Hero of Two Epics
A recurring name in the mythological traditions of India is HANUMAN (the pride of chin). Ancient epics - Ramayan, Mahabharat - and the Puranas (Chronicles) describe him as a great warrior of extraordinary strength and supernatural powers. What sets him apart is his tale and a face of an ape. This probably comes from the tribe he belonged to. Vanara, the name of his tribe, also means ape. The ancient story-tellers imagined his tribe to consist of ape-men.
The saga of Hanuman as a devoted aide of Ramayan's hero Ram is as popular throughout South Asia as it is in India or wherever Indians live. From the moment he met Ram, who in search of his abducted consort Sita happened to pass through the Vanara kingdom of Bali and Sugreev along with younger brother Laxman, he became his constant companion.
His exiled king Sugreev sent him to Lanka to seek out Sita who was in the island's rakshasa king Ravana's captivity. During the attack on Lanka, Hanuman was one of the chief warriors. There were few among the enemy to match his super-human strength. Crossing the sea, burning of Lanka, fetching sanjivani herb from the Himalayas to bring Laxman back to life after being struck down by Ravana's son are some of the famous episodes from his exploits.
He is believed to be the son of wind-god (Vayu). Hence the ability to fly at great speed. His exploits of super strength are many. Mentioned in both Ramayana and Mahabharata, his traditional description of a tailed superman is matched by simian origin and habits. As a child too he was extraordinary. There is a story of his attempt to swallow the sun god and Indra, the king of heaven, throwing his vajra (thunder weapon) at him as a preventive action. The weapon struck Hanuman on the chin (Hanu in Sanskrit) which gave him the name he came to be known by.
According to epic Ramayana believed to have been authored by saint poet Valmiki in Vedic Sanskrit, birth of Hanuman was pre-ordained along with the incarnation of god Vishnu - one of the Hindu Trinity - as Ram. Gods sent him to earth to serve Ram and help him in his 'mission' to destroy all evil elements which were trying to destroy true 'Dharma'.
Hanuman's first meeting with his lord took place when Ram was searching around for his consort Sita in the forests of central India. Hanuman who was then in the service of his Vanara king Sugreev, not only traced Sita to the southern island of Lanka, where she was kept in captivity by Ravana, the local ruler, but fought the final battle for her rescue along with Ram, his younger brother Laxman and the whole army of Vanaras. Hanuman accompanied his master to Ayodhya, the kingdom on the banks of the Ganga, and served as his commander till Ram returned to his godhood.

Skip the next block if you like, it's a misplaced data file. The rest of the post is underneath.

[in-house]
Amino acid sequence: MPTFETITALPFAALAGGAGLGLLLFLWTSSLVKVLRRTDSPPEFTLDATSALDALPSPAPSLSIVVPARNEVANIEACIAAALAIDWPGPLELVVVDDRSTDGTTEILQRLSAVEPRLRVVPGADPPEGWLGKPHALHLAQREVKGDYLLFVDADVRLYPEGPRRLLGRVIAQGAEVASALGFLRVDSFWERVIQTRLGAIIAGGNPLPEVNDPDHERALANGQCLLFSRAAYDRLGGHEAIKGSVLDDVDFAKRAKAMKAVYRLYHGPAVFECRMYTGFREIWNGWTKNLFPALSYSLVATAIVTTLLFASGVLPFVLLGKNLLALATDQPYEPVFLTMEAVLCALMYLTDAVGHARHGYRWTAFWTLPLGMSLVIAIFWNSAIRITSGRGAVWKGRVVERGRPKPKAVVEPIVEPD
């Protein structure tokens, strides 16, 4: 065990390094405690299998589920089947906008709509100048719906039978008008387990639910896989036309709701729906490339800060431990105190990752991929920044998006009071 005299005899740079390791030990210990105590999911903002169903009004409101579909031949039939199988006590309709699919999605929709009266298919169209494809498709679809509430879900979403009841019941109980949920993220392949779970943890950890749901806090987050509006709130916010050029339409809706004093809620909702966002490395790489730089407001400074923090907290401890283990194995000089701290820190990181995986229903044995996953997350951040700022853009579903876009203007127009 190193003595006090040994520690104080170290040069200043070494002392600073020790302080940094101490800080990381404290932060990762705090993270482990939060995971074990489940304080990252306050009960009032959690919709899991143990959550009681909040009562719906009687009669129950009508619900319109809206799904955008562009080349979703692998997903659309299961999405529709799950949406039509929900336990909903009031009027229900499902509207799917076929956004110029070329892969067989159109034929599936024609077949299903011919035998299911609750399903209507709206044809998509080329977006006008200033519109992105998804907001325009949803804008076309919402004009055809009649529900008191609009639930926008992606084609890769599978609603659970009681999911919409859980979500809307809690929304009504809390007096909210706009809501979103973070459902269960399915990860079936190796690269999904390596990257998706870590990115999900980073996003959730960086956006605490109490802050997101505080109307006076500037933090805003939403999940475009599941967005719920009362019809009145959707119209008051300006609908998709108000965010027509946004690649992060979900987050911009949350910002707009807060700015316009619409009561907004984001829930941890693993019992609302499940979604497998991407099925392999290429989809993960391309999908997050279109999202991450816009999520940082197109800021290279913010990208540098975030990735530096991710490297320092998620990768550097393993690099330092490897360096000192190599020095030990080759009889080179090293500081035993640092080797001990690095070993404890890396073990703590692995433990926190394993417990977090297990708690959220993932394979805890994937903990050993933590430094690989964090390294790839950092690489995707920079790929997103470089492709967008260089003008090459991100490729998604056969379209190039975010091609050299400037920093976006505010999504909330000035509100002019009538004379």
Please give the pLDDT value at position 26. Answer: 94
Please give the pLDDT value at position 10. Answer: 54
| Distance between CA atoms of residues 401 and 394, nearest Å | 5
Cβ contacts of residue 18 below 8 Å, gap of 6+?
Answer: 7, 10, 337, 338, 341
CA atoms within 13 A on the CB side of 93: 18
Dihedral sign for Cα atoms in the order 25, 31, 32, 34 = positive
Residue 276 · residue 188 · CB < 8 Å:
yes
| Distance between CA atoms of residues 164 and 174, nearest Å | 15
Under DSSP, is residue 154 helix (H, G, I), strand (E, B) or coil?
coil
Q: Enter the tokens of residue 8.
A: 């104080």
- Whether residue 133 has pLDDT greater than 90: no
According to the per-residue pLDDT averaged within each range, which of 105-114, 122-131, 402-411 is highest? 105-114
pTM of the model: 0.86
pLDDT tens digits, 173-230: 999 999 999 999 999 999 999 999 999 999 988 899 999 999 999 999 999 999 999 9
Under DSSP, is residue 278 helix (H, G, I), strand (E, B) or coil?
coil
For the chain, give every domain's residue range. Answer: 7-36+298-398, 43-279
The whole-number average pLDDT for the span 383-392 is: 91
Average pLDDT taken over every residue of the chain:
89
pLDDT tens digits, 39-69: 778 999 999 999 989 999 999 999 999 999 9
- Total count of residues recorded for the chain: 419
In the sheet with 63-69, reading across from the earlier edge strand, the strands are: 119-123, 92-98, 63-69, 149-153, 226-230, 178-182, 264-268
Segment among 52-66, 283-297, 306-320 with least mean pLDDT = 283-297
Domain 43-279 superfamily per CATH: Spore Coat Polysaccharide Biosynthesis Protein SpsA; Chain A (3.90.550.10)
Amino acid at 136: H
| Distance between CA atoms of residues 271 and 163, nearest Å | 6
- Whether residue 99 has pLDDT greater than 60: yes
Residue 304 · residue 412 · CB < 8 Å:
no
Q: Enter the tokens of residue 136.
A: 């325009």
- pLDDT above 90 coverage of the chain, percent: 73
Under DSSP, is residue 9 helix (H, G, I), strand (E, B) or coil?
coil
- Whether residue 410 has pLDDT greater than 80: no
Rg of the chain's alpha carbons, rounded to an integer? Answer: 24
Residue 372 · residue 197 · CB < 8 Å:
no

Two incidents from his life during the expedition for Sita's rescue deserve mention. Hanuman leapt across the sea to reach the spot where Sita was confined in Ravan's palace and while returning how he burnt down parts of the royal residences and the city. The second incident is about Hanuman's amazing flight to the snowy Himalayas thousands of miles to the north to bring the life-giving herb Sanjivani which was urgently required to revive Laxman who had been struck down by Ravan's eldest son during the battle. Hanuman never married and is believed to have lived long enough to bless the Pandavas with victory in the Mahabharata war.
Mahabharata is India's ancient, immortal epic, also in Sanskrit. Mahabharat or the great war of the land of Bharatvarsha, ie, India, is recounted in great detail in this epic. It's the story of the Kurus, one of the Aryan clans of north-west probably ruling over the territory of the present Haryana, Delhi and old Punjab. This war involved almost all the kingdoms of northern India and probably occurred 1500 BC. Two families of cousin brothers - the Kauravas and the Pandavas - fought for the throne of Hastinapur. Before the battle the Pandavas lost everything to Kauravas in a game of dice and were exiled. During the exile, Bheem, one of the Pandavas, met Hanuman who was resting in a dense forest.
The epic poet describes his superior physical strength, even though he had become very old. Bheem, the strongest one among the five brothers, could not move his tail as he lay in his path. When Bheem was humbled, Hanuman gave his introduction. Bheem was thrilled to have met the legendary warrior of Ramayana. Hanuman assured him of Pandavas' victory. His figure appeared on the war banner of the main chariot of Pandavas.
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